• Over time, you’ll get better at know what you like and giving yourself good book recommendations

Why You Shouldn’t Read Just “Great” Books

  • Just like how some people don’t like writing but like to have written, some people don’t like to read books but like to have read books
    • “They want to be able to mark things off their list. They want to be able to say, look I read 75 books this year.” – Alan Jacobs
      • Instead, focus on reading books you enjoy. There’s no such thing as guilty pleasures in reading.
  • Books that are masterpieces demand a lot out of a person:
    • “They really force you to give them your very best attention…You can’t do that every day any more than you could run a marathon every day.” – Alan Jacobs
  • It’s great to read masterpieces, just don’t read only masterpieces:
    • “Don’t try to sustain yourself on a diet of pure masterpieces. Instead, read things that give you delight, read things just for fun and then when you given your mind that opportunity to recuperate a little bit, then go to one of the great masterpieces.” – Alan Jacobs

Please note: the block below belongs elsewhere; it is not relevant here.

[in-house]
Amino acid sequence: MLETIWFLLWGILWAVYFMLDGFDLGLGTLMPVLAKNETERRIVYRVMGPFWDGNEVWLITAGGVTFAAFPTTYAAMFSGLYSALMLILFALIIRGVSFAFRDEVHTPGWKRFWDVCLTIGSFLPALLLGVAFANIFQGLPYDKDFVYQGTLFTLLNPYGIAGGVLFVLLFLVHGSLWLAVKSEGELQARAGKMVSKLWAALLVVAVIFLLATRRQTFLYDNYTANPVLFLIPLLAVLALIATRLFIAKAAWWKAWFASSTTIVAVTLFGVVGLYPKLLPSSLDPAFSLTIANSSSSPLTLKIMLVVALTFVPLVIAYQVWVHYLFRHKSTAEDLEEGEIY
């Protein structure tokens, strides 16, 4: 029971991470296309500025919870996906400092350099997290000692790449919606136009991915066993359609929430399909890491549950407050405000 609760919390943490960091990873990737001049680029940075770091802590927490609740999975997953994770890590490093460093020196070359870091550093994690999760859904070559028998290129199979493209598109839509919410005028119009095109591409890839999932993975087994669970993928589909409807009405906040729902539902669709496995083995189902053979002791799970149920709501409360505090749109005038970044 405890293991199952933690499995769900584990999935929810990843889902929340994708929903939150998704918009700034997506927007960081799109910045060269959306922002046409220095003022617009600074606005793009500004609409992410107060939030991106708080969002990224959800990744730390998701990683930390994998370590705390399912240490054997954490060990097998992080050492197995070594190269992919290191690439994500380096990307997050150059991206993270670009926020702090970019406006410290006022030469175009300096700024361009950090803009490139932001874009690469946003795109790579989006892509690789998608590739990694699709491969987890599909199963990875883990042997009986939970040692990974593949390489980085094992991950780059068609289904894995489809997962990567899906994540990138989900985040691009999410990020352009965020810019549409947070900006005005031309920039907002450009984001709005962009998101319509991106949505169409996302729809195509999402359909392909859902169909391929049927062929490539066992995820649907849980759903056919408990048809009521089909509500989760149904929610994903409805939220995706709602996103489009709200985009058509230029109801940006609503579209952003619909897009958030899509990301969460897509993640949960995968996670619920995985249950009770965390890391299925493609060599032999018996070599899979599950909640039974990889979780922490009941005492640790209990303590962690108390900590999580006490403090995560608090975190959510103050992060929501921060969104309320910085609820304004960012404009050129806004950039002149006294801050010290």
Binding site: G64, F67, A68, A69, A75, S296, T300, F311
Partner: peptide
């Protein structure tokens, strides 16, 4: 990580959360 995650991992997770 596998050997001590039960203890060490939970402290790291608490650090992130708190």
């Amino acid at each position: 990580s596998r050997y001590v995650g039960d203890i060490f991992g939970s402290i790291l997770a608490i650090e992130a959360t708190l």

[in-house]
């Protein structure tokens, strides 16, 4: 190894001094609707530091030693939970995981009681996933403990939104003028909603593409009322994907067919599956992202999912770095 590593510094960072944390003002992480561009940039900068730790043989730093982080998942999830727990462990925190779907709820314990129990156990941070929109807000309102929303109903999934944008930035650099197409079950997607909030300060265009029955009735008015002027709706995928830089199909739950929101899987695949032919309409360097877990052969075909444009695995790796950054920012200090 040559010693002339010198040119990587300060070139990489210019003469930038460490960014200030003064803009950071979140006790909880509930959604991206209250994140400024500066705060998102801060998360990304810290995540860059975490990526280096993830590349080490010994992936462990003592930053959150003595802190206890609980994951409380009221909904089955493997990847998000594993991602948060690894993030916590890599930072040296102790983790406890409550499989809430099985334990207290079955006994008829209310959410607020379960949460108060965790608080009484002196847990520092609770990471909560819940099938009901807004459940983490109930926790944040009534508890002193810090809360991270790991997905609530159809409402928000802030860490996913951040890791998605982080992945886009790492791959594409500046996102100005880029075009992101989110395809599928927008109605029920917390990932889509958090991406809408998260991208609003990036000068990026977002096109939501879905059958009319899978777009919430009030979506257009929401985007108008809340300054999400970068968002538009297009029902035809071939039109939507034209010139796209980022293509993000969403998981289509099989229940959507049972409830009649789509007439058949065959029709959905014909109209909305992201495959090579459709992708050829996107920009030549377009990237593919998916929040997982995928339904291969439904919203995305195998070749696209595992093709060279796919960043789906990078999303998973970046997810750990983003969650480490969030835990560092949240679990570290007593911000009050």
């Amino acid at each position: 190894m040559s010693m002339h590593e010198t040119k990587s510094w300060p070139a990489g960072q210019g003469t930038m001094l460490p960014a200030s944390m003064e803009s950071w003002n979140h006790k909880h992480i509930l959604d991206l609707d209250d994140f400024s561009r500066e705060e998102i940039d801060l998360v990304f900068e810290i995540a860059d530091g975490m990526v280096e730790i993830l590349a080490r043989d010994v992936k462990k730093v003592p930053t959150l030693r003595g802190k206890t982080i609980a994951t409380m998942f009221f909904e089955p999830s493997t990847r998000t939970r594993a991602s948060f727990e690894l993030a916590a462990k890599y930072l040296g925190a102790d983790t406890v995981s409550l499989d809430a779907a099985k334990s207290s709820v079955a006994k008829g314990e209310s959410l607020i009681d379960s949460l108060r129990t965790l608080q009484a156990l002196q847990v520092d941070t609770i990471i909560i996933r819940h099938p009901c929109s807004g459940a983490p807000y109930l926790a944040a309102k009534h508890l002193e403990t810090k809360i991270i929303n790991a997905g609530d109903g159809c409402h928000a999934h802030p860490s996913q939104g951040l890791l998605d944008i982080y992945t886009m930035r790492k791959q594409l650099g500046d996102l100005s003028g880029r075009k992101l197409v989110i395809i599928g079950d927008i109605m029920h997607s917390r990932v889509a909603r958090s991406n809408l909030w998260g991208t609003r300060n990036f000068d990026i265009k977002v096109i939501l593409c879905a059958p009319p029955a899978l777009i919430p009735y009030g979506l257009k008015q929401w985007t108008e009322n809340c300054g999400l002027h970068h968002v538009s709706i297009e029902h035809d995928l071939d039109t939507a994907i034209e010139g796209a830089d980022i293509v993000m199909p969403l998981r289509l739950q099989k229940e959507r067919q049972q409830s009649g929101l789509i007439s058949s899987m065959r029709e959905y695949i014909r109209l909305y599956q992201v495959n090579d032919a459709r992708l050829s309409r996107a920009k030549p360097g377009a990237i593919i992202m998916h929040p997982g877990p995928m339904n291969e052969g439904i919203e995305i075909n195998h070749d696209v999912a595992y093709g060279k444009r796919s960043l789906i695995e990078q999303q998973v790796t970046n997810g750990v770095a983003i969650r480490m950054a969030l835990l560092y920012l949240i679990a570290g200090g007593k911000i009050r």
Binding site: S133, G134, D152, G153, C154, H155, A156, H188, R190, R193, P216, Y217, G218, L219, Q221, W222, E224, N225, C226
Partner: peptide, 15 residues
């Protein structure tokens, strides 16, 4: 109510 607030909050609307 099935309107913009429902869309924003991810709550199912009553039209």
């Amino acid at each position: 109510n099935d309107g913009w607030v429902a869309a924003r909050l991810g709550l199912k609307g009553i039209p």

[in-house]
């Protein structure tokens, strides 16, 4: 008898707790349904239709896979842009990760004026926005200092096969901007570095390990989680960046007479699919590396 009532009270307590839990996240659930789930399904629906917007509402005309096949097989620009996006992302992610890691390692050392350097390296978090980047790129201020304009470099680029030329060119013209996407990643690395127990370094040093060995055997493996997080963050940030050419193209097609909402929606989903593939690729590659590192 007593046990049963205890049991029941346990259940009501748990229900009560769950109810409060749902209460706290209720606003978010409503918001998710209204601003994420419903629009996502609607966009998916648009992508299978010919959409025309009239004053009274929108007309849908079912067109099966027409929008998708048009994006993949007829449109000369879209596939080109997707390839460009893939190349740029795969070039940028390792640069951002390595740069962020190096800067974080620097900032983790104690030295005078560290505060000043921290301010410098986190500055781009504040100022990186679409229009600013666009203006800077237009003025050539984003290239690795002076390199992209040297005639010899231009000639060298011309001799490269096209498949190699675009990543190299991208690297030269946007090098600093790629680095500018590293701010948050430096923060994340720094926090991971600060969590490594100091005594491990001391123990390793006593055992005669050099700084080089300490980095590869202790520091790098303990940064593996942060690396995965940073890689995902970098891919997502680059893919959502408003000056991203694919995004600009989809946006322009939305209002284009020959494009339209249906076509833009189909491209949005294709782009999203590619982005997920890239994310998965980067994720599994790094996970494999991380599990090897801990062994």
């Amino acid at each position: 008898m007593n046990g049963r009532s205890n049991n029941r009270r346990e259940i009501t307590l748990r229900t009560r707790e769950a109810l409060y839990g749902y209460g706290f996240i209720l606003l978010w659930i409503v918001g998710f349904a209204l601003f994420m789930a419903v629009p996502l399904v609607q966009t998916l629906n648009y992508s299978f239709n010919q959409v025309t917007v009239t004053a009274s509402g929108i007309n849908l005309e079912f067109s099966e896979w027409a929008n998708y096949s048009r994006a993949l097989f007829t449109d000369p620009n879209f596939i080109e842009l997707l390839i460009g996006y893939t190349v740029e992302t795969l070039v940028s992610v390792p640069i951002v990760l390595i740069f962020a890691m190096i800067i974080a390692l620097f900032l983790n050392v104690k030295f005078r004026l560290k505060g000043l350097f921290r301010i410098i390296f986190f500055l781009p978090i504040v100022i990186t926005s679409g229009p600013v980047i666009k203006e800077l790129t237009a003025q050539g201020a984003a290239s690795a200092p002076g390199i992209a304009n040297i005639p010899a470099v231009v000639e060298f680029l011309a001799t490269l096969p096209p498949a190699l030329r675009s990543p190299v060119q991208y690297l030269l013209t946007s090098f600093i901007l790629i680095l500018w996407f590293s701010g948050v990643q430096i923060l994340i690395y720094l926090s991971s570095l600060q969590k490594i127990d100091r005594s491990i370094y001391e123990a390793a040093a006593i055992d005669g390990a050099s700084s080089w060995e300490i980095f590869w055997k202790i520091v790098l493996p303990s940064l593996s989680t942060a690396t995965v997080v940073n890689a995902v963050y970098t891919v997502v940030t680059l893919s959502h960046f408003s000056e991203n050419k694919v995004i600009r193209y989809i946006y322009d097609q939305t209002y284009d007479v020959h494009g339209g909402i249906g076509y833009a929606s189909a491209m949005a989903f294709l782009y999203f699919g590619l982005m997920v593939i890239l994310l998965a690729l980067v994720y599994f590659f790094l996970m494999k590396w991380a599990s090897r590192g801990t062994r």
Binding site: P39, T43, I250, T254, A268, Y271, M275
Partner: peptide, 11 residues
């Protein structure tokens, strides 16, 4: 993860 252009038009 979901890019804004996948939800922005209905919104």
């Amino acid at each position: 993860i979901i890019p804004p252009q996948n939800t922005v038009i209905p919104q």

• “Read the things that give you simple delight”
  • If you’re reading masterpieces every day, you aren’t reading them well:
    • “They’re not everyday things. If you’re reading masterpieces every day and that’s all you’re reading, I can guarantee you that you’re not reading them well because a really, really great book will wear you out.”   
      • Alan says that if you’re reading a masterpiece like The Brothers Karamazov by Leo Tolstoy, you probably need to take a month off after to fully digest and understand the book

The Benefits of Writing In Your Books

  • If you want to get more out of your books, write in them:
    • “If you really want to understand what you’re reading, then interact with it” – Alan Jacobs
  • Alan’s note-taking method:
    • If he reads something great, he’ll put a star near it